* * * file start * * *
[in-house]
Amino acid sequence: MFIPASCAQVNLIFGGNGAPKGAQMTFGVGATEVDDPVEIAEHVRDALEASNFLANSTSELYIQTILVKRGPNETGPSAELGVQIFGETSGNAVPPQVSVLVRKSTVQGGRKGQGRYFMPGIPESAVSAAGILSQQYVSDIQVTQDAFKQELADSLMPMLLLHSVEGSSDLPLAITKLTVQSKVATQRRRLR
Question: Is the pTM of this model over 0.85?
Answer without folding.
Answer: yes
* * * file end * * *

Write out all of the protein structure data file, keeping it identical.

[in-house]
Amino acid sequence: MFIPASCAQVNLIFGGNGAPKGAQMTFGVGATEVDDPVEIAEHVRDALEASNFLANSTSELYIQTILVKRGPNETGPSAELGVQIFGETSGNAVPPQVSVLVRKSTVQGGRKGQGRYFMPGIPESAVSAAGILSQQYVSDIQVTQDAFKQELADSLMPMLLLHSVEGSSDLPLAITKLTVQSKVATQRRRLR
Question: Is the pTM of this model over 0.85?
Answer without folding.
Answer: yes